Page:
Rebel MPs plot anti-Brown protest at conference

Rebel Labour MPs who want to oust Gordon Brown are secretly discussing plans for at least one minister to speak out against the leadership before the party's conference in Manchester. He or she would then have to resign, undermining the Prime Minister's attempt to stabilise his position.

Another tactic being discussed is for a wave of resignations by ministers outside the Cabinet after the conference, at least three of whom are said to be considering their positions, and their parliamentary private secretaries. That would echo the so-called "curry house plot" by Brownites two years ago, when resignations forced Tony Blair to reveal his departure timetable.

However, Brown allies dismissed the threat, accusing a handful of MPs of trying to "destabilise" the Prime Minister so that they could claim he could no longer do his job effectively. Cabinet ministers who have doubts about Mr Brown are appealing to the rebels to call a truce so that Labour can unite at its conference. But the rebels made clear that they will not be silenced.

Even Brown loyalists are not giving him unconditional support. Douglas Alexander, the International Development Secretary, told the BBC that there was no significant support for a rival candidate, but admitted the idea that Mr Brown should carry on regardless was "not a universal view – a number have spoken out in recent days – but I am not convinced it is the right time".

Today, Labour's ruling national executive committee (NEC) will stave off one potential threat to the Prime Minister by rejecting calls by 12 MPs for all Labour MPs to be given nomination papers for a party leadership contest. Rebels had requested papers in the hope of staging a "vote of no confidence" in Mr Brown even if they fail to muster the 70 MPs needed for a named alternative to force a leadership election.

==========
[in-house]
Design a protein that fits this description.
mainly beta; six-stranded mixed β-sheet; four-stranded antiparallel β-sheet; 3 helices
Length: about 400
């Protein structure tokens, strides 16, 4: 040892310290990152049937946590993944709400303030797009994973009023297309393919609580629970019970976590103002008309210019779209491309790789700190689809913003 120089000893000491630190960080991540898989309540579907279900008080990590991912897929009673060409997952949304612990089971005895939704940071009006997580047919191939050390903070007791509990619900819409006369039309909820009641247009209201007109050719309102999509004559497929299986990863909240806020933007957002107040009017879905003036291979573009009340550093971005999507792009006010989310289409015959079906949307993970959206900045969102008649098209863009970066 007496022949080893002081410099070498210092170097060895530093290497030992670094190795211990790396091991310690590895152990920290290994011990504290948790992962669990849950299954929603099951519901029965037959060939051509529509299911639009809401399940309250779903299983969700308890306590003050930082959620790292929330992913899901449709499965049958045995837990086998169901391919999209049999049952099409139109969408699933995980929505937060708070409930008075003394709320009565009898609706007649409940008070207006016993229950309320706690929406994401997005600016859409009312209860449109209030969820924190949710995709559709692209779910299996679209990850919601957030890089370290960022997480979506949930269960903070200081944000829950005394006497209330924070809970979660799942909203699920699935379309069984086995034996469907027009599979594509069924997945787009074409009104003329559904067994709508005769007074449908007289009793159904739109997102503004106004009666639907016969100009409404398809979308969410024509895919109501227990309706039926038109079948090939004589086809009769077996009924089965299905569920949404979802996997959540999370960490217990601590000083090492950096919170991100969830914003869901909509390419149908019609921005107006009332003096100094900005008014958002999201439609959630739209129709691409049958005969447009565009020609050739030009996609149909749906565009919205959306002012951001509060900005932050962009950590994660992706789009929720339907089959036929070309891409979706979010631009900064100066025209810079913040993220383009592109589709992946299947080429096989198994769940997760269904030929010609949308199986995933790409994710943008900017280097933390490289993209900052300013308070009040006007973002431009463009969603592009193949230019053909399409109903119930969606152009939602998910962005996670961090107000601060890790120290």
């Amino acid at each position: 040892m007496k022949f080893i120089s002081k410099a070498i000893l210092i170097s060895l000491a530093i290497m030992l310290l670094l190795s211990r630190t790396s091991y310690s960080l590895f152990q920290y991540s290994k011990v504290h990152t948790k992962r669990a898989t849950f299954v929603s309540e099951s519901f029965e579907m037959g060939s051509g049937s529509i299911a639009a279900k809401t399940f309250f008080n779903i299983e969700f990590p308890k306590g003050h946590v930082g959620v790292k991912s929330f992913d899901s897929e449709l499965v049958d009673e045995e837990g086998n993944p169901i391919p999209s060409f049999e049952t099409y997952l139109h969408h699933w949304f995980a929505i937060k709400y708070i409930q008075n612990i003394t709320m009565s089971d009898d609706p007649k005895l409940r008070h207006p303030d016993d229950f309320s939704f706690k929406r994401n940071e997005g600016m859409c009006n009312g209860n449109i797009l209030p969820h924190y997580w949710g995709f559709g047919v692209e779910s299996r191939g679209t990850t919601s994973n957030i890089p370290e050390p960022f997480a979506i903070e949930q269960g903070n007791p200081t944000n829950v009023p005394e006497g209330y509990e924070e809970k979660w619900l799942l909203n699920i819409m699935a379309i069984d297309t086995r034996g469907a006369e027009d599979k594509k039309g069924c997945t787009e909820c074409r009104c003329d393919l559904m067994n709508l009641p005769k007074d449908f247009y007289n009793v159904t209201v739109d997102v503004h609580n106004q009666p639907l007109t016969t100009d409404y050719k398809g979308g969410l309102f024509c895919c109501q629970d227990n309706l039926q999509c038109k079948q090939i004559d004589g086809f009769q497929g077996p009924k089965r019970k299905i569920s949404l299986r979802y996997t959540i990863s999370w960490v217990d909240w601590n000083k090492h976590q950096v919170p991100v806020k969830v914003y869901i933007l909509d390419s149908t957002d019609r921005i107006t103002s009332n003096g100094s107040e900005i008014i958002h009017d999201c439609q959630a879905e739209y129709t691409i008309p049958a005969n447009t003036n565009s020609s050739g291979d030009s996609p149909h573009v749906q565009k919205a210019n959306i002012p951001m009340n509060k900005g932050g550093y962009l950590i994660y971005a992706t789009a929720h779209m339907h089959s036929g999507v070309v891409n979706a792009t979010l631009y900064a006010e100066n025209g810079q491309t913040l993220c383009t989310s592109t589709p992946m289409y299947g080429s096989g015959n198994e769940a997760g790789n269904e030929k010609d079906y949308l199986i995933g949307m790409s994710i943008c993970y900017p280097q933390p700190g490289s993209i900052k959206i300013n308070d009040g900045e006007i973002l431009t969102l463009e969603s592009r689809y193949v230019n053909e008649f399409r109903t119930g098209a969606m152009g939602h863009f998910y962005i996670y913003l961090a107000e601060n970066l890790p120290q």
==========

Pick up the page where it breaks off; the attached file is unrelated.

Ray Collins, Labour's general secretary, will say that such forms have not been issued since the party came to power in 1997, and so there is no case to change the policy now.

Janet Anderson, who represents Labour MPs on the NEC, will call for the nomination papers to be sent out, saying this is in line with the party's rulebook. She said yesterday: "We cannot go on 'sleepwalking to oblivion', but we are and we will continue to do so if we do nothing to address the reasons why we have been so far behind in the polls. That means a root-and-branch review of our policies and how we communicate this to voters. And if that requires a change of leadership, so be it."

Another critic, Barry Gardiner, lost his job as Mr Brown's special envoy on forestry after accusing him of "vacillation, loss of credibility and timorous political manoeuvres that the public cannot understand".

But Margaret Beckett, the former cabinet minister, warned: "The British people will neither understand nor forgive a party that appears to be more concerned with its own internal disputes than with their very real problems." John Denham, the Skills Secretary, accused the rebels of pursuing "the politics of despair and destruction" and said they would not persuade him or other cabinet ministers to move against Mr Brown.